During the filming of Water, director Deepa Mehta received nightly threats in India.
“She would get phone calls saying she would be raped and killed if we kept filming,” said Water’s producer David Hamilton.
“And this went on for three weeks, till we finally left.”
Screened last week during the Available Light Film Festival, Water played to a sold-out house, forcing festival organizers to offer an additional screening on the weekend.
Set in 1938 colonial India the film begins when eight-year-old Chuyia is widowed.
In keeping with Hindu traditions, she is sent to a home were widows live in penitence for the remainder of their lives.
The harsh portrait of female oppression is tempered by Chuyia’s youthful, lively spirit, prompting other widows to question their faith and future.
“Water exposes human experience that most of us don’t give any thought to,” said festival producer Andy Connors of the Yukon Film Society.
“We see the film society’s place as an exhibition organization to show films about real life and real people in other parts of the world and their experiences, whether that’s pain and suffering or joy — all the range of human experience.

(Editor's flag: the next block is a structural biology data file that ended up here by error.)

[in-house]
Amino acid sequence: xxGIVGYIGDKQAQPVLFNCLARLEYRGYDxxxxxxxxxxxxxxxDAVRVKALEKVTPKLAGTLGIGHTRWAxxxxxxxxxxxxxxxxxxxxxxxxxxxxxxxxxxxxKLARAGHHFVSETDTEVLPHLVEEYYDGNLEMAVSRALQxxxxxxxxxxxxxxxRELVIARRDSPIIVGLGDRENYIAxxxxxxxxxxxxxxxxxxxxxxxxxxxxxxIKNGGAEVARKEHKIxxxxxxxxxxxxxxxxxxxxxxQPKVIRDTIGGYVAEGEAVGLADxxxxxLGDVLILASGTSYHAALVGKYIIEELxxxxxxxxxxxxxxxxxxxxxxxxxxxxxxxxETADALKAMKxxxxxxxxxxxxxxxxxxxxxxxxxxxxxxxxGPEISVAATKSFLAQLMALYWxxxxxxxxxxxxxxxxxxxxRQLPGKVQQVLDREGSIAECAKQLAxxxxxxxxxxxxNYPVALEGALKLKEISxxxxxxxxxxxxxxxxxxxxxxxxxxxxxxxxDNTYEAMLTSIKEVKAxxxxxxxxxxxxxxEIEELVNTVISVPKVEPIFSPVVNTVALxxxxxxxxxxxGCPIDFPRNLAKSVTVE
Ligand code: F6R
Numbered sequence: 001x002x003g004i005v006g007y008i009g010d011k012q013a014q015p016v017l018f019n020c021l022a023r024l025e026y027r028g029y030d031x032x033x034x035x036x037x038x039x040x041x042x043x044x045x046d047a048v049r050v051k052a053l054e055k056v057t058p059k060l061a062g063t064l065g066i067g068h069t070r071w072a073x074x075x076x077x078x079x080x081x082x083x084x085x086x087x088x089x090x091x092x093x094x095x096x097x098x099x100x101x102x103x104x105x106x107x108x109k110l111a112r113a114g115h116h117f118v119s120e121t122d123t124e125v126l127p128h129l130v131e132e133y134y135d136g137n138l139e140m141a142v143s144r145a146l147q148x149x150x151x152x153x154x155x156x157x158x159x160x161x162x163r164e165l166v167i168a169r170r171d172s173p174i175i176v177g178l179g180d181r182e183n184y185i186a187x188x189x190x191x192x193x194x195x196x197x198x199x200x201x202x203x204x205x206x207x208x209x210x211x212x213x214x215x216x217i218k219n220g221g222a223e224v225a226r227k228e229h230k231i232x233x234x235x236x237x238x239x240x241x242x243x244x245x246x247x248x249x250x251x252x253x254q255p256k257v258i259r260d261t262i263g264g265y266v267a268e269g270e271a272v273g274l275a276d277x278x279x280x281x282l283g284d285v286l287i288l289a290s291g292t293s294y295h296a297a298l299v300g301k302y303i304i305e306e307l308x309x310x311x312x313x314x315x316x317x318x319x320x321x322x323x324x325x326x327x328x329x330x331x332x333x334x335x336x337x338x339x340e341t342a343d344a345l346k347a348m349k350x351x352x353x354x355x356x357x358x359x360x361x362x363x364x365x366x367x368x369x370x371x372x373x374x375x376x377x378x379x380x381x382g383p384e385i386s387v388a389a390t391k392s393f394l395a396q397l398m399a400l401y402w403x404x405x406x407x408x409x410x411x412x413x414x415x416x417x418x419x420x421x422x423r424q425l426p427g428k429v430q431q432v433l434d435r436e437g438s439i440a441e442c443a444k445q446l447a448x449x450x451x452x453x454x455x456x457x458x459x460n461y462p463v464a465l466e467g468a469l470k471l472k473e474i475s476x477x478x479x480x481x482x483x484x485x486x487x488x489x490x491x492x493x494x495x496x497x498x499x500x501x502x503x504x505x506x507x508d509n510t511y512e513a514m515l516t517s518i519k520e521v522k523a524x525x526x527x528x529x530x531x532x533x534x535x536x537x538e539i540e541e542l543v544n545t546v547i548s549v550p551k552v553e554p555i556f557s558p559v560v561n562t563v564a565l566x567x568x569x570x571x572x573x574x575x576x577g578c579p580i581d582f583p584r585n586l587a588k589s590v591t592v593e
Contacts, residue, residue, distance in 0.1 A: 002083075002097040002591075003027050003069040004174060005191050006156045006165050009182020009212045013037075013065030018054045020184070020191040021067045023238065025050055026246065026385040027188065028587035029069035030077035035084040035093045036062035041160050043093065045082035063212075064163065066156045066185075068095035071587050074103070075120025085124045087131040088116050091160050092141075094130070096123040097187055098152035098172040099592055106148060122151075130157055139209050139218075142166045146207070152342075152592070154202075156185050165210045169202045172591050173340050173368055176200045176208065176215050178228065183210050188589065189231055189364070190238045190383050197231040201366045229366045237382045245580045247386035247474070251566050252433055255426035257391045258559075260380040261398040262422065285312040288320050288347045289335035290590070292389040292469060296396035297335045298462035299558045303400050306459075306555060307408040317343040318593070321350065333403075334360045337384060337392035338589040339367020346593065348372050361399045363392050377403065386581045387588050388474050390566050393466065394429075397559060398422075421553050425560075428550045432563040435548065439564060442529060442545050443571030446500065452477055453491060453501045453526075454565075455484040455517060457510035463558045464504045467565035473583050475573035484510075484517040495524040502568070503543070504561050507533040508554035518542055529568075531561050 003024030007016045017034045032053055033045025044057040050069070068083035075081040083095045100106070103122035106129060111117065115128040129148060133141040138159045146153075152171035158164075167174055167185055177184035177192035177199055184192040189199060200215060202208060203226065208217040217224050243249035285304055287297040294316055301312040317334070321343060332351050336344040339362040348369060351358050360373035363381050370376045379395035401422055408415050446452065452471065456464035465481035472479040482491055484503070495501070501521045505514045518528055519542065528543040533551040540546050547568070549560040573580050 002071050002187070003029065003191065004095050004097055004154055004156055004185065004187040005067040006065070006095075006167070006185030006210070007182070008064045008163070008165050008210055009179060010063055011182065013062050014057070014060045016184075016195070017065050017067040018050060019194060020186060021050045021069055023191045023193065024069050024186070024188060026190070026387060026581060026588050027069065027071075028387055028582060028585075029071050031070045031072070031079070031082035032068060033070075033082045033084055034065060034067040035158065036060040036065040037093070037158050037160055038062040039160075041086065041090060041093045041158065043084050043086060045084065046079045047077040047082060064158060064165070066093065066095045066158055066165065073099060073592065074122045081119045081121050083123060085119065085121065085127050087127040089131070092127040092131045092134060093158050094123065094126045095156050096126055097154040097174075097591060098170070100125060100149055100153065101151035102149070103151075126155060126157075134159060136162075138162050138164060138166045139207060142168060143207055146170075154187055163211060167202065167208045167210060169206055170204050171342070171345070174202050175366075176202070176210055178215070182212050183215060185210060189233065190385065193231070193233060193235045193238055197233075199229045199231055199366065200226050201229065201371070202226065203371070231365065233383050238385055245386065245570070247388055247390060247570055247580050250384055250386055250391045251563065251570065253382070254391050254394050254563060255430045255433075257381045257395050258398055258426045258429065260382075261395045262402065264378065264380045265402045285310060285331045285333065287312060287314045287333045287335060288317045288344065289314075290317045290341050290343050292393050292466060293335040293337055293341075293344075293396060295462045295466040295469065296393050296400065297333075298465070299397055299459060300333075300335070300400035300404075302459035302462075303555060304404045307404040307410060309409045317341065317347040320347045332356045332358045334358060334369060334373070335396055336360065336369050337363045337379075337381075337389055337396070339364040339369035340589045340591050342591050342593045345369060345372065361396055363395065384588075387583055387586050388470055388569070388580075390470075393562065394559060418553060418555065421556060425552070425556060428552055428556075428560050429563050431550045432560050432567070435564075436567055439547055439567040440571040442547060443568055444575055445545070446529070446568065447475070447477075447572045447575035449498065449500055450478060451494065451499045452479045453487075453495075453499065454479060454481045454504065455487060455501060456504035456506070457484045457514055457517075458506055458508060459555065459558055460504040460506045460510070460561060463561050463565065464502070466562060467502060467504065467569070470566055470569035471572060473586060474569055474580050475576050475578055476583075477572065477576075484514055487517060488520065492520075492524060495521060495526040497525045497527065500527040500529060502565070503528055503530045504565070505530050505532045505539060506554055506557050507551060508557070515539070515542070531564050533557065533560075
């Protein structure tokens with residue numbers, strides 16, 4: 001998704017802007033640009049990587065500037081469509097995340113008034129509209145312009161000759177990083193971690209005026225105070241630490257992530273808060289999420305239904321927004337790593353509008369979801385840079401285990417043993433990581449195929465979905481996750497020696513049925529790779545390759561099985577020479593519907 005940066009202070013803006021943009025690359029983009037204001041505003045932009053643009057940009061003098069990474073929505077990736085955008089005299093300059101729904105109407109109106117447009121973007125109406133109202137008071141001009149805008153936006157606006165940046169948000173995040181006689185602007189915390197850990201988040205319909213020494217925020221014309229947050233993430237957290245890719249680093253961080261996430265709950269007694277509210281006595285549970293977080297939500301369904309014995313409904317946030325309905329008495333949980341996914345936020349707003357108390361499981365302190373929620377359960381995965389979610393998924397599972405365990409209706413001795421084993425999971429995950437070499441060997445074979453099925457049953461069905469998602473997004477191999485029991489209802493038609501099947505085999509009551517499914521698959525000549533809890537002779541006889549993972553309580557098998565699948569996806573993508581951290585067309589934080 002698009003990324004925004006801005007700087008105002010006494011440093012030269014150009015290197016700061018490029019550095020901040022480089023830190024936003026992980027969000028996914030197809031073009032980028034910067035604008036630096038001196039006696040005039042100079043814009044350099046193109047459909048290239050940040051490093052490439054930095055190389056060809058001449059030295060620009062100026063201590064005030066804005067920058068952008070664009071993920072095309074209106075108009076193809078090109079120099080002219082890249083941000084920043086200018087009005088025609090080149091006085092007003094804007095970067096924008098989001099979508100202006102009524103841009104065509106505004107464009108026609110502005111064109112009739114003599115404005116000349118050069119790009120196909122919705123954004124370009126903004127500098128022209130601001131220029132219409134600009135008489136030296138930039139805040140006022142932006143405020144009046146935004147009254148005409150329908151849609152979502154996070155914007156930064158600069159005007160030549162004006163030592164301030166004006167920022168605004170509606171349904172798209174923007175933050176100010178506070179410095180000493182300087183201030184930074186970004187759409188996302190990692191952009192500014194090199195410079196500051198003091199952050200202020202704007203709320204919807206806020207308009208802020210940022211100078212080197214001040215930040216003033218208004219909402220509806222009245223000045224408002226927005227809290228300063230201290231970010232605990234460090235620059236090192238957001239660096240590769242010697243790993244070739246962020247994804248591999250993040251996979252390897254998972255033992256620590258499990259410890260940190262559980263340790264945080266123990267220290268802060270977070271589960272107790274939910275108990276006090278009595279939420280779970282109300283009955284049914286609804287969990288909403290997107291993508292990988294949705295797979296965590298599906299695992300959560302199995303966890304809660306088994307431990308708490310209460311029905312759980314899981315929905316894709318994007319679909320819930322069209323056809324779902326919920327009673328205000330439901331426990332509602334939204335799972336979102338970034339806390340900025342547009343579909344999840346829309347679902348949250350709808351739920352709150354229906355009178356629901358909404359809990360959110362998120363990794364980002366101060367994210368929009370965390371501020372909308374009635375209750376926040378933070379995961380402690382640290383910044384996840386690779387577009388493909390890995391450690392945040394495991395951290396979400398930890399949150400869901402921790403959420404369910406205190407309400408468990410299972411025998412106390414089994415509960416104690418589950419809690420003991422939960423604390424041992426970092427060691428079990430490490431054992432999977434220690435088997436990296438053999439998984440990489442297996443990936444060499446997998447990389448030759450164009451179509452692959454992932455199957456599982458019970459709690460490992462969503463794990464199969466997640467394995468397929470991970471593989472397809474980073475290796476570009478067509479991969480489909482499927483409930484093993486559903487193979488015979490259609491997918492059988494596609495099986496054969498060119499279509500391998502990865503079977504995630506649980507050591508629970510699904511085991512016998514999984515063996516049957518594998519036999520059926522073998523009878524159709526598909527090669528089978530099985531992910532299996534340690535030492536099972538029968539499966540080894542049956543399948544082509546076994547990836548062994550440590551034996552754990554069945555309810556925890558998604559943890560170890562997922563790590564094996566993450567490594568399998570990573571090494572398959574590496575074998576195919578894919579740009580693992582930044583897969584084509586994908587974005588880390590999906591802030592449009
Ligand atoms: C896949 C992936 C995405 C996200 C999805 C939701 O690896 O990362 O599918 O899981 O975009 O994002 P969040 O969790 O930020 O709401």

“These films are a window into other peoples’ lives.”
Water is the third film in Mehta’s elemental trilogy, following Fire and Earth.
She managed to shoot her first two films in India, filming the second, before the first premiered.
It was only after Hindu fundamentalists realized the damaging political subject matter of Mehta’s films that she met with Indian resistance shooting Water.
“There were riots in the cities, with several thousand protestors,” said Hamilton.
“They burnt our set, blew up one of our jeeps and burnt effigies of Deepa in every major city in the country.”
But the crew persisted.
The government of India supposedly supported the filming, and supplied the crew with armed guards who escorted them to the set.
“But the government is actually in collusion with the fundamentalists,” said Hamilton.
Eventually police stormed the set and shut down the production, under direction from the district magistrate, “in the interest of public safety.”
Someone had attempted suicide to protest the filming and if they had died the government feared it would not be able to protect the crew against the public outrage that would have followed, said Hamilton.
It later turned out the suicide attempt was by a professional who was paid to pull off suicide stunts, he said.
But there was no way to prove this.
The crew was told they could try again in a month, but they had already been there nine weeks and couldn’t afford to wait.
They returned to Toronto discouraged.
“It wasn’t until six months later that Deepa and I even talked about working again,” said Hamilton.
“Then we decided to do something fun.”
The result was Bollywood/Hollywood, a romantic comedy about a young Indian man in love with a Caucasian pop star.
Refreshed and rejuvenated, Hamilton and Mehta were ready to tackle Water again, but decided to shoot in Sri Lanka this time, five years after its first film crew was chased out of India.